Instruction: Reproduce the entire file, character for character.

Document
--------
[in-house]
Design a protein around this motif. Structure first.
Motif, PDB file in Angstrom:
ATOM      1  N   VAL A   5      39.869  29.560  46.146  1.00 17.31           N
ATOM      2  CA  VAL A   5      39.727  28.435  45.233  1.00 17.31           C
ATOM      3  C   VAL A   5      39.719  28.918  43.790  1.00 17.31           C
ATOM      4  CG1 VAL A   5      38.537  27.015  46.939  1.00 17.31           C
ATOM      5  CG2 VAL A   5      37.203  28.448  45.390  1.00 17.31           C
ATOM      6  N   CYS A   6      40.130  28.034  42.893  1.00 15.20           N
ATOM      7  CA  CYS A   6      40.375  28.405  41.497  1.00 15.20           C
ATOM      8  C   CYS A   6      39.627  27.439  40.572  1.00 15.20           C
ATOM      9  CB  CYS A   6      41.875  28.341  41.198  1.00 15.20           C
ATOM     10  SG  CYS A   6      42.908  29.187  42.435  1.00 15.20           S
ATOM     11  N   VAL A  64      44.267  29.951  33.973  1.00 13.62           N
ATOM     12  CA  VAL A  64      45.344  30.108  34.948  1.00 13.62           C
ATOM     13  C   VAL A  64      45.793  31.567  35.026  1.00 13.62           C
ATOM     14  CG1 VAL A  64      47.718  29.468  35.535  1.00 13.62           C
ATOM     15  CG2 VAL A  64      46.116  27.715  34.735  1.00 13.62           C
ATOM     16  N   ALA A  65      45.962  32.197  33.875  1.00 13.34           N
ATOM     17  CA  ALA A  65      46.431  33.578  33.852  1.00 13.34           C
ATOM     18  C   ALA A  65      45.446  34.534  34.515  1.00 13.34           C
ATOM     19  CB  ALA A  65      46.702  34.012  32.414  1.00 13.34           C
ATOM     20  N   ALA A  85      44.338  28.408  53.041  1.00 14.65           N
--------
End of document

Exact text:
[in-house]
Design a protein around this motif. Structure first.
Motif, PDB file in Angstrom:
ATOM      1  N   VAL A   5      39.869  29.560  46.146  1.00 17.31           N
ATOM      2  CA  VAL A   5      39.727  28.435  45.233  1.00 17.31           C
ATOM      3  C   VAL A   5      39.719  28.918  43.790  1.00 17.31           C
ATOM      4  CG1 VAL A   5      38.537  27.015  46.939  1.00 17.31           C
ATOM      5  CG2 VAL A   5      37.203  28.448  45.390  1.00 17.31           C
ATOM      6  N   CYS A   6      40.130  28.034  42.893  1.00 15.20           N
ATOM      7  CA  CYS A   6      40.375  28.405  41.497  1.00 15.20           C
ATOM      8  C   CYS A   6      39.627  27.439  40.572  1.00 15.20           C
ATOM      9  CB  CYS A   6      41.875  28.341  41.198  1.00 15.20           C
ATOM     10  SG  CYS A   6      42.908  29.187  42.435  1.00 15.20           S
ATOM     11  N   VAL A  64      44.267  29.951  33.973  1.00 13.62           N
ATOM     12  CA  VAL A  64      45.344  30.108  34.948  1.00 13.62           C
ATOM     13  C   VAL A  64      45.793  31.567  35.026  1.00 13.62           C
ATOM     14  CG1 VAL A  64      47.718  29.468  35.535  1.00 13.62           C
ATOM     15  CG2 VAL A  64      46.116  27.715  34.735  1.00 13.62           C
ATOM     16  N   ALA A  65      45.962  32.197  33.875  1.00 13.34           N
ATOM     17  CA  ALA A  65      46.431  33.578  33.852  1.00 13.34           C
ATOM     18  C   ALA A  65      45.446  34.534  34.515  1.00 13.34           C
ATOM     19  CB  ALA A  65      46.702  34.012  32.414  1.00 13.34           C
ATOM     20  N   ALA A  85      44.338  28.408  53.041  1.00 14.65           N